Buckeye Reach

The name is extremely fitting. Buckeye R.E.A.C.H. Often names of programs are just names. I have been a part of many educational programs in my four years at OSU and usually the program names are just in place to identify the program. Sometimes the name is motivational or maybe just describes what the program does. However, it’s never a way of life. Except for Buckeye REACH. Relationships and Education in Action through Community and Hope.

Relationships and Education in Action. These words are the ingredients of REACH. They’re what we do on early mornings at our various sites. They mean excitement, exhaustion, and hard work. They are what makes it Ohio State’s premier community program. The relationships in REACH are not surface level. Over the past four years, I have been able to develop deep bonds and have truly made friends with some of the young men in Circleville Juvenile Correctional Facility. I have been able to see them grow from gang members with crime on their minds to scholars with college on their mind. Furthermore, they have seen me grow as well, and that’s what truly makes these relationships valuable. The combination of these relationships with our interactive educational activities is what make these ingredients perfect. During REACH the men we work grow a great amount academically. Pen Pal letters allow them to develop better vocabulary and writing skills. Book clubs allow them to explore novels they wouldn’t have thought to pick up. And films allow them to critique many of society’s flaws. This combination is the Action. Because of our relationships, the education portion is extremely joyful. This joy allows the development of a love between OSU students and Circleville youth, as well as a love for Buckeye REACH. With this love, I have witnessed mindsets and lives changed from those in college and those behind bars.

In its early years, I did not understand why Community and Hope were a part of the acronym. Honestly, I thought it was there to make the name sound more appeasing. However, as the program develops, I see that my initial thought cannot be further from the truth. The people who make up BuckeyeREACH are truly a community. From Dr. Patty to the freshman who just wants to help out, to the youth who has been a part of the program for three years, everyone feels a part of this community. This can be seen by the great amount of laughter and smiles, or the fact that everyone (volunteers included) has nickname. Lastly, Buckeye REACH gives everyone in the community hope. After our time together, the youth are left with a sense of hope that they too can be in college like us. In addition, many volunteers leave with the hope that many of the young men we meet will lead a good life once they are released. This hope is what keeps me coming back. The hope that the dear friends I have met in there will eventually become leaders of this nation is why BuckeyeREACH will be my fondest college memory. The name is perfect. And as we further build Relationships, Educate the youth with Action and provide a sense of Community and Hope, Buckeye REACH will be perfect too.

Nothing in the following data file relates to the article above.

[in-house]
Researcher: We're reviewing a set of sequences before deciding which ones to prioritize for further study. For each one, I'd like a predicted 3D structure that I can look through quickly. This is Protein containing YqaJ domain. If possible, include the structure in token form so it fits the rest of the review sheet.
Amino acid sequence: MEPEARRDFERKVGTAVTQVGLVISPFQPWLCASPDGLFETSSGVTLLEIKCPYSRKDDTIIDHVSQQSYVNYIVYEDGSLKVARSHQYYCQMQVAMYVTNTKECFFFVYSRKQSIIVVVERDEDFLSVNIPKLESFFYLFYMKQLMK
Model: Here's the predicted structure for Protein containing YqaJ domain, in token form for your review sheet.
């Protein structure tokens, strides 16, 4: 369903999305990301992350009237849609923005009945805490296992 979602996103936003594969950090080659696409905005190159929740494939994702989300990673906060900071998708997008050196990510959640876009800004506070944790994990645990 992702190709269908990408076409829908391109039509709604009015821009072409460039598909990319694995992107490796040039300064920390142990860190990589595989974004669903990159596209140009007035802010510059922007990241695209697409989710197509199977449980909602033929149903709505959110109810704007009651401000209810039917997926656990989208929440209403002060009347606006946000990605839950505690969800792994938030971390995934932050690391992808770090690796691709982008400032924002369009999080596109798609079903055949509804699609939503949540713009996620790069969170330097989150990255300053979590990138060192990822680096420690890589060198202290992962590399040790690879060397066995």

The Realities of Suspension

“Everybody in Linden has been suspended.” This was the answer to my question when I asked our group of students at Linden McKinley who has never been suspended from school. This answer alarmed me and made me uneasy. Of course this was an exaggeration by my 9th grade student, however after asking around it seems as if this statement was closer to being truth than hyperbole. The reason for the high number of suspensions is something that must be explored. In addition, the results of such a large number of students being suspended should be addressed.

I only work with a small number of students at Linden McKinley STEM Academy; therefore I cannot say exactly what is occurring with all the students. However, it is possible to take some of the information my students have given me in order to gain a better understanding of what is going on with the rest of the population.

I believe that a lot of these suspensions have been for petty reasons. Some of these suspensions are for things as small as tardiness and talking back to the teacher. While these are behaviors that must be addressed and cannot go on, they are still not grounds for suspension. These are issues that should be addressed by teachers in the classroom. However, it seems that Linden is taking the easy way out by just suspending the students and hoping that this behavior magically disappears.

Taking a student out of school for just a few days can do a lot to that child’s success. Often I am left to teach a student material that they missed because they were suspended. Fortunately, our students are able to get tutoring from OSU students. But what about the rest? These kids are probably left to dry, and may never fully understand the material because they missed a couple of days of classes. It is scary to think about the long term effects that this Zero Tolerance Policy will have on Linden McKinley as well as the Linden community. By constantly kicking children out of school for minor behaviors Linden McKinley is failing in its responsibility to educate the youth of the Linden neighborhood.